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The War of 1812 was fought between the British Empire and the United States from 1812 to 1814 on land in North America and at sea. More than half of the British forces were made up of Canadian militia (volunteers) because British soldiers were fighting Napoleon in Europe. See the fact file below for more information about the War of 1812.
- The War of 1812 has often been called the Revolutionary War Part II and sometimes, “The Forgotten War”. It was another war between America and Great Britain.
- It was caused in part by disagreements over shipping and trade on the high seas. It was also fought to decide how much influence the United States would have in foreign affairs.
- The War of 1812 could be called the “war of poor communication.” Two days before the declaration of war, Great Britain agreed to repeal the naval laws which were chiefly responsible for the war. Speedy communication would have also eliminated the greatest battle, the Battle of New Orleans, that occurred 15 days after a peace treaty had been signed.
- The actual fighting occurred in America and in Canada.
- The United States was a brand new country and the leaders risked national disaster going to war with powerful Great Britain a second time. Support in the US was divided with the West and South looking for a fight, but people of the New England strongly opposed to war. As the war continued, opposition became much stronger.
- President Thomas Jefferson wanted to keep American goods flowing overseas and, at the same time, keep America out of foreign wars.
- Britain and France were at war with each other, as was much of the rest of Europe. Both sides thought that American ships were supplying the other with food, weapons, and other supplies. American ships were routinely stopped by both France and Britain. Each demanded to search the cargo holds. Sometimes, these situations ended in violence.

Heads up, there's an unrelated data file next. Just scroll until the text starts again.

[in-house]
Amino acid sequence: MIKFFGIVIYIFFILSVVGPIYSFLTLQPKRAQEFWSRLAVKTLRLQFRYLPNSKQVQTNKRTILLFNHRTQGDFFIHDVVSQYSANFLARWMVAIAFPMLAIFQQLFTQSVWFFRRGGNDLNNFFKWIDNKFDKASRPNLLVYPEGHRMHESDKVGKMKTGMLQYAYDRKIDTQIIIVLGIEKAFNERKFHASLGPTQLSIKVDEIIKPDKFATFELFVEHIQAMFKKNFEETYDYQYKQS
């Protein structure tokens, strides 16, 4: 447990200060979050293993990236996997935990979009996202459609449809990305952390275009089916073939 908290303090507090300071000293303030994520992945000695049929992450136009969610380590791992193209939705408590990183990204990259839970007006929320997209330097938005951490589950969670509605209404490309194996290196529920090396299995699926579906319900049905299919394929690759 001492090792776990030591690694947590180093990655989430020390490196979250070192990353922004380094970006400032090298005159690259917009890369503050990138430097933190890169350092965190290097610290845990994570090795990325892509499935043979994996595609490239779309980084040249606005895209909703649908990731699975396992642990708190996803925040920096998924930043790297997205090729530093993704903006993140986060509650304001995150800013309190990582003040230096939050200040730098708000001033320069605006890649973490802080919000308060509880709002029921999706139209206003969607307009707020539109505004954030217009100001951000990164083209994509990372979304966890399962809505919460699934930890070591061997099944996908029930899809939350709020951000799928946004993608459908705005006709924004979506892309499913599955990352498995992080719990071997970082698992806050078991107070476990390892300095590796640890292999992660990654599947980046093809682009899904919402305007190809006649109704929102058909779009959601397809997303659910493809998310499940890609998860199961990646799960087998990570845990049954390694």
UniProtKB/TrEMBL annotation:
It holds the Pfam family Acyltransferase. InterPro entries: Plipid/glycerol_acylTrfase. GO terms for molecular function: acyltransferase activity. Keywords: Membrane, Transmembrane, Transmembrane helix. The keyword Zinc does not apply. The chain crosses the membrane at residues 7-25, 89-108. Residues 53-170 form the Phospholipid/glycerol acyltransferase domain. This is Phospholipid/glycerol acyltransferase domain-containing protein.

- In 1794, the United States was worried about the war between France and Great Britain. The United States Constitution, which had been ratified just three years before, provided for the introduction of a navy. Congress passed a bill giving permission to build six navy ships. One of these was the U.S.S. Constitution.
- The U.S.S. Constitution never lost a battle. Despite its nickname, “Old Ironsides” was a wooden ship. During the War of 1812, the Constitution sunk a large number of ships belonging to the British navy. The Constitution got its nickname, “Old Ironsides.” when a British seaman saw one of his cannon balls hit the wooden hull of the U.S.S. Constitution, bounce off, and fall into the sea. In amazement, the seaman said, “Hurrah, her sides are made of iron.”. During the War of 1812, “Old Ironside captured 24 enemy vessels.
- The War of 1812 ended when the Treaty of Ghent was signed at the end of 1814, guaranteeing that the United States and Britain would end their battle.
War of 1812 Worksheets
This bundle includes 10 ready-to-use War of 1812 worksheets that are perfect for students to learn about the War of 1812; fought between the British Empire and the United States from 1812 to 1814 on land in North America and at sea.
Throughout the extensive worksheet pack there are multiple lesson resources and quizzes for students to practice their knowledge which can be used within the classroom or homeschooling environment.
Included War of 1812 worksheets:
Group Me, Where Do I Belong?
Based on the War of 1812, group the following words or informations that give relevance to each country.
War of 1812 Scrabble
Students are challenged to Unscrabble the letters below to form relevant words related to War of 1812.
War of 1812 Match
From the words written on the boat, select the information that is associated in the statement/question below.
War of 1812 Sort Cards
Sort cards activity. Put a check mark (✓) on the box, the cards that has an impact to the War in 1812.
War of 1812 Filled In
Fill ￼in the blank with a word or words from the word box to complete the statement on the War of 1812.
Students are tasked with carefully reading a paragraph of text on the War of 1812 and answering the questions that follow.
Filler activity. Fun coloring page.
War of 1812 Cause And Effect
Based on the War of 1812, list down the causes and Effects of the War.
War of 1812 Journal Writing
Journal writing task on what the student has learnt about the War of 1812.
After completing these worksheets students will be able to:
- Have a clear understanding about the history of the 1812 war and how it impacted the US forever.
- Complete a number of quiz and fill in the blank activities to test their knowledge of the subject.
- Understand the names given to the war.
- Have a clear understanding of the rationale of both sites.
- Understand facts and fiction based upon studies.
- Includes reading comprehension pack. Core literacy skill explored.
- Understand cause and effect.
Use With Any Curriculum
These worksheets have been specifically designed for use with any international curriculum. You can use these worksheets as-is, or edit them using Google Slides to make them more specific to your own student ability levels and curriculum standards.